Vietnam

Here are some interesting items out of LGBT Vietnam:

The Tenth Great Thing, a stunning 12-minute video about the love between two young men. Very appropriately timed for the government’s discussion about same-sex marriages. June 2013.

Vietnam has decided to drop its fines against same-sex marriage, although it will not be recognizing them. The country will also allow them to  cohabit as a couple and share a household registration book, meaning they are allowed binding relations in terms of property, children, and related rights and obligations. For more information:

“Vietnam to remove fines on same-sex marriage,” Tuoi Tre news

Read a brief story about the Vietnam wedding decision.

Read a fuller interview about Vietnam’s family law change with Le Quang Binh of Vietnam’s  Institute for Studies of Society, Economics and Environment.

Read how activists strategized the Vietnam change

Read the Vietnam Marriage and Family Law. Of particular note,  Chapter 2, Article 10 (5) outlining marriage registration; Chapter 6 establishing family support requirements; and Chapter 12 regarding violations.

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From the U.S. State Department Human Rights Report 2012:

The law prohibits discrimination based on race, gender, disability, language, or social status, but enforcement of these prohibitions was uneven, and the law does not address discrimination based on sexual orientation or gender identity.

Societal Abuses, Discrimination, and Acts of Violence Based on Sexual Orientation and Gender Identity

The law does not address prohibiting discrimination based on sexual orientation or gender identity. There was no reported official discrimination based on sexual orientation or gender identity, but societal discrimination and stigma remained pervasive.

No laws criminalize consensual same-sex sexual conduct, although by decree, individuals may not change their gender.

A lesbian, gay, bisexual, and transgender (LGBT) community existed but was largely underground. A survey and study conducted by the Institute for Studies of Society, Economy, and the Environment beginning in 2010 and reported in December noted that 87 percent of participants did not fully understand LGBT concerns or had a very limited understanding of LGBT rights. The study, based on surveying 854 males and females above age 18 and interviews in representative cities (Hanoi and Ho Chi Minh City) and provinces (Ha Nam and An Giang), concluded that misunderstandings about and prejudice against LGBT individuals led directly to discrimination or harassment in the workplace, most often by disgruntled fellow employees or a supervisor. The institute also reported that government officials, the Women’s Union, and the Lawyers Association participated in sensitivity training during the year. Most LGBT persons chose not to tell family of their sexual orientation for fear of being disowned, and a 2011 online survey, conducted by the Information Sharing and Connecting Group with more than 1,000 LGBT respondents, noted that their families forced more than 20 percent into counseling.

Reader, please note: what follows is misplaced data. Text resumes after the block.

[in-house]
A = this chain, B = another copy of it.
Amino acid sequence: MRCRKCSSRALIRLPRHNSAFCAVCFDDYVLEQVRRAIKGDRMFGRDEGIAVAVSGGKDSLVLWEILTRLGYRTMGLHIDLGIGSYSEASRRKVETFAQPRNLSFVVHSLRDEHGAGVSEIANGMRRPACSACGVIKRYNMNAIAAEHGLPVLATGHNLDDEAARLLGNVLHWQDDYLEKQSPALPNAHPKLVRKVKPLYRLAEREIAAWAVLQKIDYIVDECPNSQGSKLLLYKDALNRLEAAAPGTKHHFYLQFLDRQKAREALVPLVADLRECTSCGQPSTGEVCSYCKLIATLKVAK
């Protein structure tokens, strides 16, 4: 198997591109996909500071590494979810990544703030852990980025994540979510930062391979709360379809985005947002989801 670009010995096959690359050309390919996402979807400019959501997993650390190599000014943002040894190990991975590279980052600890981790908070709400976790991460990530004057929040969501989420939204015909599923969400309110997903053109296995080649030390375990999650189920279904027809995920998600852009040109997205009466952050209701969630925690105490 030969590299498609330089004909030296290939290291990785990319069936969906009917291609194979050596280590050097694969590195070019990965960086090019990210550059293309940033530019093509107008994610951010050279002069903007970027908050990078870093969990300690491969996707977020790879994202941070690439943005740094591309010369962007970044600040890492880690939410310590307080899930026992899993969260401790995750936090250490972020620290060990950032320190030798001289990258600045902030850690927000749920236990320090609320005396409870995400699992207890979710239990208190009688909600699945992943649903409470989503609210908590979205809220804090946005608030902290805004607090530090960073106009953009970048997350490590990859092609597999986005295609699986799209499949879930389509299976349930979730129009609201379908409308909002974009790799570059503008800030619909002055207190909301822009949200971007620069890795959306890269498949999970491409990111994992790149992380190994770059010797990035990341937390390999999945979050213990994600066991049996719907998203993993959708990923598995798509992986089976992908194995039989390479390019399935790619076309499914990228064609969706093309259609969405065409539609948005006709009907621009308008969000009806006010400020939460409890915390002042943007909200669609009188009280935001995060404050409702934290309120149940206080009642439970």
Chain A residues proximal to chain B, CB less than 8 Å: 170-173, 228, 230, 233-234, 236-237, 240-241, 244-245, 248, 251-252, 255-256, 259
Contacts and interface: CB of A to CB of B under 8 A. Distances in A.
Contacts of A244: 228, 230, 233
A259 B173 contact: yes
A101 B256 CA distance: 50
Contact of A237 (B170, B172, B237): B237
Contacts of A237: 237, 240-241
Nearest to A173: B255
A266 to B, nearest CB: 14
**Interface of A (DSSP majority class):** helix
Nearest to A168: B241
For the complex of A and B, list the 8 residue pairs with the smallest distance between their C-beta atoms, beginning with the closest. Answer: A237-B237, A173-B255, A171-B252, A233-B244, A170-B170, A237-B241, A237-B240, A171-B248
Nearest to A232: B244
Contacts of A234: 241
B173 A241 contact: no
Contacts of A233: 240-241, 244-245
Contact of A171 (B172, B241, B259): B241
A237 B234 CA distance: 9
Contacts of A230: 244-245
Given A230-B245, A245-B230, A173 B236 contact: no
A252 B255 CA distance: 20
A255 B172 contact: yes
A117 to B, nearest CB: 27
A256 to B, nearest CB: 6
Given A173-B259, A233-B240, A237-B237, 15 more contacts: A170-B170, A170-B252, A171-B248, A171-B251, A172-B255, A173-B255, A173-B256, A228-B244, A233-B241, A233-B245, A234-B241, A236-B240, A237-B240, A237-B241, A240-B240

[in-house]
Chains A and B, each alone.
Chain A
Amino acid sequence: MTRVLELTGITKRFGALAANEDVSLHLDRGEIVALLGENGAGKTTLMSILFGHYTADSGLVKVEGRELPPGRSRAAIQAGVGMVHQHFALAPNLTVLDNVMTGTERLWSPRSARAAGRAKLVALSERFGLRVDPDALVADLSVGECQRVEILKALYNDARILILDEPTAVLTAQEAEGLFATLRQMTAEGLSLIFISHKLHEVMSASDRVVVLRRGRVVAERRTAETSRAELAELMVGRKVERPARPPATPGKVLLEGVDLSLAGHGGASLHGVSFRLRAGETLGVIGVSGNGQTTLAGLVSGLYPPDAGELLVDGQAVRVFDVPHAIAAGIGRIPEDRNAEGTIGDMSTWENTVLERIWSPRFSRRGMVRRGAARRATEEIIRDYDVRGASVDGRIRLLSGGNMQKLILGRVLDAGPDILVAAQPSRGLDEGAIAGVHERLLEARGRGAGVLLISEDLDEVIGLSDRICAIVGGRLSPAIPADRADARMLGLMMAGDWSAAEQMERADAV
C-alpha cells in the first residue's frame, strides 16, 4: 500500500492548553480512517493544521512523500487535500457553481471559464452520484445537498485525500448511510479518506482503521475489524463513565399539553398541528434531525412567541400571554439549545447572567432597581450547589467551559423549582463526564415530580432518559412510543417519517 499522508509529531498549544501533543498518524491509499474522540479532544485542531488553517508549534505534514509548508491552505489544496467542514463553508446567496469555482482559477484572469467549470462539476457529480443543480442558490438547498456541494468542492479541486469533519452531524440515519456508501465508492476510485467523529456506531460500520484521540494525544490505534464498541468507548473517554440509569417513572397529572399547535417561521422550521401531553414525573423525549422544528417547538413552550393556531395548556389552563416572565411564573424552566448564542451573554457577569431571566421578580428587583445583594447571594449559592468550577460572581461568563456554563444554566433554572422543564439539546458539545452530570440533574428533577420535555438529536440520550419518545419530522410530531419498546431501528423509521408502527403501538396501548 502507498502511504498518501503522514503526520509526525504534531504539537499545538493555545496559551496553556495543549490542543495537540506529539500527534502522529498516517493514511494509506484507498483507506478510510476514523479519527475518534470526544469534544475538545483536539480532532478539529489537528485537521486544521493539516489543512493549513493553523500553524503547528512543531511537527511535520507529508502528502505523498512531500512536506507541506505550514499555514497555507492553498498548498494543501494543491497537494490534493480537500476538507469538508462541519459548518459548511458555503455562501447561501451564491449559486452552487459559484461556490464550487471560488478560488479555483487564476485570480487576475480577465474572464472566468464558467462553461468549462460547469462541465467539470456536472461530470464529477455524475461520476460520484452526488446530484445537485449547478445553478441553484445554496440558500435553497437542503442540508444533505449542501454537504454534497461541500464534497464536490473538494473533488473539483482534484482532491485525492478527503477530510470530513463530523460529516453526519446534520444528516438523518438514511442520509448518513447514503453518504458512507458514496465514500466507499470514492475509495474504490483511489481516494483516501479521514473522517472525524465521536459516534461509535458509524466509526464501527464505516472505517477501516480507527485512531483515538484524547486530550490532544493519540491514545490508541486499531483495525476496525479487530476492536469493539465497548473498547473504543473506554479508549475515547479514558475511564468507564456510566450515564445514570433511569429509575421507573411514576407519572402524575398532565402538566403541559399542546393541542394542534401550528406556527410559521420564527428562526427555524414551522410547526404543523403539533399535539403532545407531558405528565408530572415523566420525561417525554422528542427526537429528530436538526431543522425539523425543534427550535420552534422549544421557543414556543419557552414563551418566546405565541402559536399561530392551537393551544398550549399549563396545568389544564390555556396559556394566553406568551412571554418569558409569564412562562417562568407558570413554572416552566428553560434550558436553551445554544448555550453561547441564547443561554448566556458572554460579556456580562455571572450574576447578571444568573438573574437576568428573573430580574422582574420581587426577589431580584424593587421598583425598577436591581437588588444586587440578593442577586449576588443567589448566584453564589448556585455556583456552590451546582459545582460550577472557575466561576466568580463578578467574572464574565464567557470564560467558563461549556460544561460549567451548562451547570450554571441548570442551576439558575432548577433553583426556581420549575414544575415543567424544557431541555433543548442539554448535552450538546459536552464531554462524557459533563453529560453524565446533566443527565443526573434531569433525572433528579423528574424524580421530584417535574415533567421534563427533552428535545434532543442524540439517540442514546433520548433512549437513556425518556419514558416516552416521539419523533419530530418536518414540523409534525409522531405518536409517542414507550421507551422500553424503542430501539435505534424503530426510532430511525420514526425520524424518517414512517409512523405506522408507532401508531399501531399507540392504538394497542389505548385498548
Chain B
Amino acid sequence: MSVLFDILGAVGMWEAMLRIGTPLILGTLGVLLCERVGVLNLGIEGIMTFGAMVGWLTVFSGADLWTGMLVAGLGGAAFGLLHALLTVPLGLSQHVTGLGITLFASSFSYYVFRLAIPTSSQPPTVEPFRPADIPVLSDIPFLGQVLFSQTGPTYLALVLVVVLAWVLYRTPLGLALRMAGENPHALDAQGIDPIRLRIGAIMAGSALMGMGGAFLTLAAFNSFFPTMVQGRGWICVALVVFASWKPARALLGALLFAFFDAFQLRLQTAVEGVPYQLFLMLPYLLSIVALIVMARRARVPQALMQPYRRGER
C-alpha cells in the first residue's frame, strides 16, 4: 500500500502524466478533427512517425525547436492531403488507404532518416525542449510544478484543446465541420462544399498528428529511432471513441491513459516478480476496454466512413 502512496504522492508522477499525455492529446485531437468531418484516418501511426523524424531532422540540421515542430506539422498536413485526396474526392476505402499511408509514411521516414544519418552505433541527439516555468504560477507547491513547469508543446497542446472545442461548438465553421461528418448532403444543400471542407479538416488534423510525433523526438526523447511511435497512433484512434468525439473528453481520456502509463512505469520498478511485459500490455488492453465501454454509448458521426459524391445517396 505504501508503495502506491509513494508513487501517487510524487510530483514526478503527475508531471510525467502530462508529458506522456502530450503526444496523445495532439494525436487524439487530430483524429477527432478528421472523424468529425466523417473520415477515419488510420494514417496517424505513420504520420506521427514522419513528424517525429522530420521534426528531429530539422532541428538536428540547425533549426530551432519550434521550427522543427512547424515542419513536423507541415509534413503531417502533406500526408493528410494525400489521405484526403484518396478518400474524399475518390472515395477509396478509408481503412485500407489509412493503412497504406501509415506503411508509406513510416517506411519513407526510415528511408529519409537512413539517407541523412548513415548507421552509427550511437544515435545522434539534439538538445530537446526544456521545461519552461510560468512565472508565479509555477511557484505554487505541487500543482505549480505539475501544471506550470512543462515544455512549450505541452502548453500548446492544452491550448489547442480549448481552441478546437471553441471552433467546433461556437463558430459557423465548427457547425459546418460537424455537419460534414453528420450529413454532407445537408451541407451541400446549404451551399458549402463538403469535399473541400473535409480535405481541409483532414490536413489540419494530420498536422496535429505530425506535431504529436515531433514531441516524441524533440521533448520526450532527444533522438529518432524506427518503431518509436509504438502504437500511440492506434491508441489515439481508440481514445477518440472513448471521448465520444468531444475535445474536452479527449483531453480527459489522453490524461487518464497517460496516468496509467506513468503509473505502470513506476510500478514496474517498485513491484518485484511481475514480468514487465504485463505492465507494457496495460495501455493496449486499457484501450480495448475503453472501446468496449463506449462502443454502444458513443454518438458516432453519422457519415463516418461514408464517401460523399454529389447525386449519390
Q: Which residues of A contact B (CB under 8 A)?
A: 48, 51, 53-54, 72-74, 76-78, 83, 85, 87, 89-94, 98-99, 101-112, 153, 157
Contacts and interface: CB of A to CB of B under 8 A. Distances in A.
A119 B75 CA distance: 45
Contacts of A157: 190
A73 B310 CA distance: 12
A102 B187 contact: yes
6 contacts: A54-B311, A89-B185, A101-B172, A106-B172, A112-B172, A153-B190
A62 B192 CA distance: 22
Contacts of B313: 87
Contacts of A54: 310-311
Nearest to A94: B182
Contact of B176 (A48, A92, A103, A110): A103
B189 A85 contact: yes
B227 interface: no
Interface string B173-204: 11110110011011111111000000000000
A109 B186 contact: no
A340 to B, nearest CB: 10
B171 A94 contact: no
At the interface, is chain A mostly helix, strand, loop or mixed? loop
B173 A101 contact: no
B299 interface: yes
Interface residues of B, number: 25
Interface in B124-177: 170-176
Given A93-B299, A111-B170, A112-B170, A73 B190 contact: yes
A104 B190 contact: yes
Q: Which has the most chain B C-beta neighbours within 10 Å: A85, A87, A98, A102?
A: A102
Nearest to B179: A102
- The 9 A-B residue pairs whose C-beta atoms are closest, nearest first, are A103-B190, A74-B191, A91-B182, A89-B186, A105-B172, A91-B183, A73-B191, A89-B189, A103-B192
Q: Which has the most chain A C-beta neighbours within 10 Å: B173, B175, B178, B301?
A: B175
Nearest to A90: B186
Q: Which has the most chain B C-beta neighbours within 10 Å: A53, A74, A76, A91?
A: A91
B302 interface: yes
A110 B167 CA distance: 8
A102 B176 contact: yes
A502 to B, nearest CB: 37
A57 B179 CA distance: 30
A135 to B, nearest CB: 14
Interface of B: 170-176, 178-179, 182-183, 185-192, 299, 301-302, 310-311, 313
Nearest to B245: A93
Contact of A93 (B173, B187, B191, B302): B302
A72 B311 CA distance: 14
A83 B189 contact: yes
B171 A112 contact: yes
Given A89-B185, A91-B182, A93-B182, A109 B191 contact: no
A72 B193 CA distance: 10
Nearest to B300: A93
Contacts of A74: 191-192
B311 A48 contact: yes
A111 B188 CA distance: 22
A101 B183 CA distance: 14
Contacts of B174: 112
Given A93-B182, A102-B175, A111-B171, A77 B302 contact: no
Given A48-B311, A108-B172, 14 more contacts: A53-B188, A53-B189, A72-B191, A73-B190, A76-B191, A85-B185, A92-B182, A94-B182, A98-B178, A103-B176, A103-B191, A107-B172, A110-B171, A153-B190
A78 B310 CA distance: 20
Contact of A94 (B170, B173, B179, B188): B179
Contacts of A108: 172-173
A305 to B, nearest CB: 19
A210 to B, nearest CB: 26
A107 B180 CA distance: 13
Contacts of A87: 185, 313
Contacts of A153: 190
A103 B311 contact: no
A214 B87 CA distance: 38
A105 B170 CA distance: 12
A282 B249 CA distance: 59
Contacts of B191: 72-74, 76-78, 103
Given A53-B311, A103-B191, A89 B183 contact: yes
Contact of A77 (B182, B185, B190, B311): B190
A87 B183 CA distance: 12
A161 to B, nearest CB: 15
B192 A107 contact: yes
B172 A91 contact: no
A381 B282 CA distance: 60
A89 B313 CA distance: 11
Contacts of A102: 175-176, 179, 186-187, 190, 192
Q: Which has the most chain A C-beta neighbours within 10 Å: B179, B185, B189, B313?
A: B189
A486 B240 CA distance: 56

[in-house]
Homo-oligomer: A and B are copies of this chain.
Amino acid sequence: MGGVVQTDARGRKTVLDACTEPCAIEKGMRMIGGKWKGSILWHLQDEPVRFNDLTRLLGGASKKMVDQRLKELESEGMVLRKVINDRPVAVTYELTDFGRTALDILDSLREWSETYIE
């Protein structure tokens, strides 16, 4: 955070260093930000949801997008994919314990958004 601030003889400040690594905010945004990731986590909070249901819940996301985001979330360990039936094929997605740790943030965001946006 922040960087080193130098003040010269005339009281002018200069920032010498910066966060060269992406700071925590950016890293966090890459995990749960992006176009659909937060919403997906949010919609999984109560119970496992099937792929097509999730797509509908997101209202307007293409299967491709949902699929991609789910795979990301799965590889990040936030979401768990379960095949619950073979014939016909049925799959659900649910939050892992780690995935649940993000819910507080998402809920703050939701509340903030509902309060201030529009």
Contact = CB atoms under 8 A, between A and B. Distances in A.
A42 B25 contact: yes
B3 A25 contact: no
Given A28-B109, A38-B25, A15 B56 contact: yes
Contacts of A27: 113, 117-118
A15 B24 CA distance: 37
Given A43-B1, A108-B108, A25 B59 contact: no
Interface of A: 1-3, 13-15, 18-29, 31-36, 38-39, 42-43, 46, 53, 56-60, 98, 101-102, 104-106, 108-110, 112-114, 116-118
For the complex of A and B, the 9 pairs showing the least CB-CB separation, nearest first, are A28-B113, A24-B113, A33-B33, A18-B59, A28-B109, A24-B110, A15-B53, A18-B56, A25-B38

On August 5, more than 100 individuals demonstrated in Hanoi for equal rights in the country’s first gay pride parade. Organizers requested but did not receive permission, and there were no incidents.

In May the Ministry of Justice solicited input from NGOs involved in LGBT advocacy concerning possible 2013 revisions on same-sex cohabitation in family and marriage law. Several NGOs collaboratively submitted a plan of action that included a public relations campaign and a strategy to inform members of the National Assembly about the importance of rewriting the law.

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From the U.S. State Department Human Rights Reports, 2010:

Vietnam: Societal Abuses, Discrimination, and Acts of Violence Based on Sexual Orientation and Gender Identity

A homosexual community exists but was largely underground. There are no laws that criminalize homosexual practices. There was no official discrimination in employment, housing, statelessness, or access to education or health care based on sexual orientation, but social stigma and discrimination was pervasive. Most homosexual persons chose not to tell family of their sexual orientation for fear of being disowned.

There was growing public awareness of homosexuality and little evidence of direct official discrimination based on sexual orientation. In contradiction of the penal code, the chief judge of the Quang Binh Provincial People’s Court in August refused to prosecute the gang rape of a transsexual, claiming the code did not address rape of transgendered individuals.

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